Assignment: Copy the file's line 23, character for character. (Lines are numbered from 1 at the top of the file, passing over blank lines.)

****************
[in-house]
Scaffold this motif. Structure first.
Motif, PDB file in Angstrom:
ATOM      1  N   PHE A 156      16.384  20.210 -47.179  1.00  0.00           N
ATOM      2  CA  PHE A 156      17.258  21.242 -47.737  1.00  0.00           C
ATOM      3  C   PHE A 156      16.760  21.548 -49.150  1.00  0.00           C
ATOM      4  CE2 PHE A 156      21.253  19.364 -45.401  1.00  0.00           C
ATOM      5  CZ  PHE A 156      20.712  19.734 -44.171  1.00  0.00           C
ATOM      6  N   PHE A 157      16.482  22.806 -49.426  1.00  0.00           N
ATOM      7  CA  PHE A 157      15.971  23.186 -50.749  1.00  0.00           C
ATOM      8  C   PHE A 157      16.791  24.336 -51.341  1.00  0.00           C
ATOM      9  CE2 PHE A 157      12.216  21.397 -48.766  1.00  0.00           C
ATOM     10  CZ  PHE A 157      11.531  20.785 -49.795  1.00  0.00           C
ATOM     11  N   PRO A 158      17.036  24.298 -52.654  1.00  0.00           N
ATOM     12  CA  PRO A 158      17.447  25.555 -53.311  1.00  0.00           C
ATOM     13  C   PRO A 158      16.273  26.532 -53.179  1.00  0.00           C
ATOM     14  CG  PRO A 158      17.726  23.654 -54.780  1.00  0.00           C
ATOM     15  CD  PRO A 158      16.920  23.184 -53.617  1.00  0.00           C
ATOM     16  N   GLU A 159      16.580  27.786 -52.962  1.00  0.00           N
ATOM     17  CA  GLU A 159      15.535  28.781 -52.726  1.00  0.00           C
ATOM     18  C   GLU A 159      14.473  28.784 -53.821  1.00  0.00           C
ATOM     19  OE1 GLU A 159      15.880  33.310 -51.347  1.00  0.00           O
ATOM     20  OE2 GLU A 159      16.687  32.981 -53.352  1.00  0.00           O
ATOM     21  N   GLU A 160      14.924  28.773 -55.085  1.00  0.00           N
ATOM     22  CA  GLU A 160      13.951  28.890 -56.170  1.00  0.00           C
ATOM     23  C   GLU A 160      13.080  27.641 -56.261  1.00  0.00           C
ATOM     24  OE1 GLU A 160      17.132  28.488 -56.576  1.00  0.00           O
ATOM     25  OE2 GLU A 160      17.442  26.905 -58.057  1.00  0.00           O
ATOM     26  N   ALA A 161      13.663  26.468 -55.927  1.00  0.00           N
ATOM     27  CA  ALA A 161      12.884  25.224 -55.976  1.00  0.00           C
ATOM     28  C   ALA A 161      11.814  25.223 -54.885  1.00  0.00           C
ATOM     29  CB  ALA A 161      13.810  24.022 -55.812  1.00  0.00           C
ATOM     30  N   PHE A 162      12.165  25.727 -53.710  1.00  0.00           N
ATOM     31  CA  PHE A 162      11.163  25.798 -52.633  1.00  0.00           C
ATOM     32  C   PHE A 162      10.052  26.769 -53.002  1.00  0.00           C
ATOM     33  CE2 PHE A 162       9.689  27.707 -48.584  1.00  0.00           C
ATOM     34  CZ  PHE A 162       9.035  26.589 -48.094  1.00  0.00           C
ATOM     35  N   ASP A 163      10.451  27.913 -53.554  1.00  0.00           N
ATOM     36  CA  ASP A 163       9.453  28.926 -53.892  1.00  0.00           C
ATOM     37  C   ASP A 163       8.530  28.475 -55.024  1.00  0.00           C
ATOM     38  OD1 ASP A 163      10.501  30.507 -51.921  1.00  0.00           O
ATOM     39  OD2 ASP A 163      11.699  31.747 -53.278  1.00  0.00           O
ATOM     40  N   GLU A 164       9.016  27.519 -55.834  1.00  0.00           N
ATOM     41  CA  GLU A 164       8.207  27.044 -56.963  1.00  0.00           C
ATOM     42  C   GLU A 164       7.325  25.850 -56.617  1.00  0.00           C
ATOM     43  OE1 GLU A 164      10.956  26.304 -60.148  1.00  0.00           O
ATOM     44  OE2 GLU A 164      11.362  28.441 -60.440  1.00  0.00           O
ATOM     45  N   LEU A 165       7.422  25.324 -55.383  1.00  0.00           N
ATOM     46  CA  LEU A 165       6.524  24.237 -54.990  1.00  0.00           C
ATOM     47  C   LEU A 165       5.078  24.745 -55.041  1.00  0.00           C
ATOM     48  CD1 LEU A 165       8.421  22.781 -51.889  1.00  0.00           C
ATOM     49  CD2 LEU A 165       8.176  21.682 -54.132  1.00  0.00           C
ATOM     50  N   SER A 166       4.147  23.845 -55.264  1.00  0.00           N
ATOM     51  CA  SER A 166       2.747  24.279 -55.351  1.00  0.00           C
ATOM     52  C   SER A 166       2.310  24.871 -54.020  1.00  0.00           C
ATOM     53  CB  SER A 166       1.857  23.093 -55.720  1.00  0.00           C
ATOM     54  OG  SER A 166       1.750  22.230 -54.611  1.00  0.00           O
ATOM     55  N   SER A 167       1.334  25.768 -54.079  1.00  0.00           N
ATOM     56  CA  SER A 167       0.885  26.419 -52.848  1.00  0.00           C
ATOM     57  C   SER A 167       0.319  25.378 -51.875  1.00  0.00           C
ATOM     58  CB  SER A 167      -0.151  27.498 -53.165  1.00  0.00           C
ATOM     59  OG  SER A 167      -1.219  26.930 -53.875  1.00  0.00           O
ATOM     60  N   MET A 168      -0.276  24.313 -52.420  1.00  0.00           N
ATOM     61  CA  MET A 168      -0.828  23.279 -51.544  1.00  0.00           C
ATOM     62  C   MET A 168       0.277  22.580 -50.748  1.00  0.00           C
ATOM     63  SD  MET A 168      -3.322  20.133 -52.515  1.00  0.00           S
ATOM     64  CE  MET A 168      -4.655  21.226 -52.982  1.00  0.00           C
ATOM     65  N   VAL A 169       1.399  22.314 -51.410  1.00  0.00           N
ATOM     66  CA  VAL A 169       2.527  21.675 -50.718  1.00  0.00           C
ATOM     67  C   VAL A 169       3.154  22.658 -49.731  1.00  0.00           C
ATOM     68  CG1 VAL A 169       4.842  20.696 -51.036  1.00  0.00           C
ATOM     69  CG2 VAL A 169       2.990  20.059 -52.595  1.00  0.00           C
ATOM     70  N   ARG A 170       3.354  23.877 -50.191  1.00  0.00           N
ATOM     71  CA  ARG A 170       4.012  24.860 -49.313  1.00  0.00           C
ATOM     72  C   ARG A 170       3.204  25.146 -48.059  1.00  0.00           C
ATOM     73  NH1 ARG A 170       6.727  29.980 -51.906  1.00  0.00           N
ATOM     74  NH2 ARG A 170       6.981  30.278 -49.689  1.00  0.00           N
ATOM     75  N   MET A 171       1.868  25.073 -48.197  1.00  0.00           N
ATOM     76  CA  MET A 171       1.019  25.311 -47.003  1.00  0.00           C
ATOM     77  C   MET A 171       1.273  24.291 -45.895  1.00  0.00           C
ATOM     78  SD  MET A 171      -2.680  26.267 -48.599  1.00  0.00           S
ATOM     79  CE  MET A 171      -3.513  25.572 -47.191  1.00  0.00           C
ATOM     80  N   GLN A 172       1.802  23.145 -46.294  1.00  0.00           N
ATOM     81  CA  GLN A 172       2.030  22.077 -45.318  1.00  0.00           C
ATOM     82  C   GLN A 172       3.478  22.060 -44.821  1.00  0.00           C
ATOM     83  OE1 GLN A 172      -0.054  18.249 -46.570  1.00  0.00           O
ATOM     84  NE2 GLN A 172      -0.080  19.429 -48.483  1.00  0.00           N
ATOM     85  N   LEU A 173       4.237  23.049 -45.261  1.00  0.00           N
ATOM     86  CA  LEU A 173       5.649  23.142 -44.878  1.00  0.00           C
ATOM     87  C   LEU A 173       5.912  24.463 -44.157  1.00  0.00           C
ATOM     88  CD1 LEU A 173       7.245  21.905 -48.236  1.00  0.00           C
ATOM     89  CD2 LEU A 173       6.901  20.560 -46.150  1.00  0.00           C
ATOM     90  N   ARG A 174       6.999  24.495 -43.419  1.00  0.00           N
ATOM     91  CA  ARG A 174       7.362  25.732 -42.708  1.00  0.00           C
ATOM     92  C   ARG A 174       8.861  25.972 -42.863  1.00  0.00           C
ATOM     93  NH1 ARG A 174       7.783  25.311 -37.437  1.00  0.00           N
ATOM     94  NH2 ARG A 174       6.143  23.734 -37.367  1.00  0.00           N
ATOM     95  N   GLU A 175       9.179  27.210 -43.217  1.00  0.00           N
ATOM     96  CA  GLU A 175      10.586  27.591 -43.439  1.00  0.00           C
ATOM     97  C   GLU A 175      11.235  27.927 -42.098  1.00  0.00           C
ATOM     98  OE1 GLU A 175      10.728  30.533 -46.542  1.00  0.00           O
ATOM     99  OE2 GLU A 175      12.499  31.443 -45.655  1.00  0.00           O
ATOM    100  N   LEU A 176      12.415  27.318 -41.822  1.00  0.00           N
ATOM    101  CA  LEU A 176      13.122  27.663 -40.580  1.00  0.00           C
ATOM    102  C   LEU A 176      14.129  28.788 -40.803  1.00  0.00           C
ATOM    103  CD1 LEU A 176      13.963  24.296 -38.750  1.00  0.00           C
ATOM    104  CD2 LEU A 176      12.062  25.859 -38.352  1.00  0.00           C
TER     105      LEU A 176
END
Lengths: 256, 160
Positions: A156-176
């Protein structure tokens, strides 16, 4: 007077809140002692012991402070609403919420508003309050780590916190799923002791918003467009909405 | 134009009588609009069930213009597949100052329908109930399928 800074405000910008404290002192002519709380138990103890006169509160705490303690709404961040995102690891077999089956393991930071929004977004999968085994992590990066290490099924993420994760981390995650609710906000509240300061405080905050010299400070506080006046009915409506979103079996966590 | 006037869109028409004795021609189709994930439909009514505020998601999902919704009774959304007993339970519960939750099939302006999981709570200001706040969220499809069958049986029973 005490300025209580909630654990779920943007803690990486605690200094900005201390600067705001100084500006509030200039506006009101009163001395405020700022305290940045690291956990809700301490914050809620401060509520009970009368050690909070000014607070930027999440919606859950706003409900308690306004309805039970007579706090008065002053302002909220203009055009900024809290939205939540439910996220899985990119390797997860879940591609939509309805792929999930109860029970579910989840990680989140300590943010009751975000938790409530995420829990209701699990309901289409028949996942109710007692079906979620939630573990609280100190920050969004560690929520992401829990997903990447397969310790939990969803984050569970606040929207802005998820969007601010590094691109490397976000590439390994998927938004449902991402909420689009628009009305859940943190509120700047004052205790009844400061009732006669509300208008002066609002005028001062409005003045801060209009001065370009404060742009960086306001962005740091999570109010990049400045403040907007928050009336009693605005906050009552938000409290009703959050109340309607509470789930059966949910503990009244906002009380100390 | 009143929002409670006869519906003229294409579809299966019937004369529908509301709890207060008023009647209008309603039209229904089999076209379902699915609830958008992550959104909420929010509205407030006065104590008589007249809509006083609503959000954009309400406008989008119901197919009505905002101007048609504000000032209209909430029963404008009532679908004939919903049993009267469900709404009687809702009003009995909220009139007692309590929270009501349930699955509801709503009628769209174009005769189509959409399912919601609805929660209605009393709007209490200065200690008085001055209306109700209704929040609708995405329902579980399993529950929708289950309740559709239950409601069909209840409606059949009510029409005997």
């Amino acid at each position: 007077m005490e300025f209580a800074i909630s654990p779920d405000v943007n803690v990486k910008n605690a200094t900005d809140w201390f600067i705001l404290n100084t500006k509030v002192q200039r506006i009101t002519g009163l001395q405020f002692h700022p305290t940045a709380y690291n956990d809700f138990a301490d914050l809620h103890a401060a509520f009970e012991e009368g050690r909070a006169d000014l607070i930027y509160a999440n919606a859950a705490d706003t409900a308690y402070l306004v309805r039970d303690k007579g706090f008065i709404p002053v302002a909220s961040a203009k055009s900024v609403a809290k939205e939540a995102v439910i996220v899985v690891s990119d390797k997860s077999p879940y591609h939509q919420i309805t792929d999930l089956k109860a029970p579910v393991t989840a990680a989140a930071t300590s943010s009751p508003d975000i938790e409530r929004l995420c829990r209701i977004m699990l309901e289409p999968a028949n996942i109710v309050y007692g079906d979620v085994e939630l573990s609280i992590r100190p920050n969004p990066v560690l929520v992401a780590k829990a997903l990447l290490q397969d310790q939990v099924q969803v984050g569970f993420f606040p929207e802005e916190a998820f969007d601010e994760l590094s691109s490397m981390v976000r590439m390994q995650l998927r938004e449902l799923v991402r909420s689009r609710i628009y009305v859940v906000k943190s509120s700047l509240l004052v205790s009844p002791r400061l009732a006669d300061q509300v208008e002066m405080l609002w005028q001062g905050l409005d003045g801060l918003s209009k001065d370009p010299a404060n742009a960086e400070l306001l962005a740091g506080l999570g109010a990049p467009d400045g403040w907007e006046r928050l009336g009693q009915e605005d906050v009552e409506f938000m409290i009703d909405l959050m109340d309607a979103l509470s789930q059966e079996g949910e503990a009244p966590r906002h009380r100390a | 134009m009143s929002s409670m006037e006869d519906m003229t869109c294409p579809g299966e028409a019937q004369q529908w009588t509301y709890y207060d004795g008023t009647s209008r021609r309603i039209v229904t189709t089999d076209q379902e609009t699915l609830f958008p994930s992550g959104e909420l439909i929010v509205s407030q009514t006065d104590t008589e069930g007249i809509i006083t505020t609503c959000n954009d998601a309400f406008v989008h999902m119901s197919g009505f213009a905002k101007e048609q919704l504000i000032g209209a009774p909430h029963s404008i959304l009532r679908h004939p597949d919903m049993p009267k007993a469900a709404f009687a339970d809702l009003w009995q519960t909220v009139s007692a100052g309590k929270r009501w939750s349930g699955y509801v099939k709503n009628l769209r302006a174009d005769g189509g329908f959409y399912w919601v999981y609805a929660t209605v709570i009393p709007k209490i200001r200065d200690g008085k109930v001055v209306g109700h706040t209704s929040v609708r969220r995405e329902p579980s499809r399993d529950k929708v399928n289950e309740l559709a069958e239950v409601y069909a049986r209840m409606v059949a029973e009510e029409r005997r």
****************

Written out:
ATOM     20  OE2 GLU A 159      16.687  32.981 -53.352  1.00  0.00           O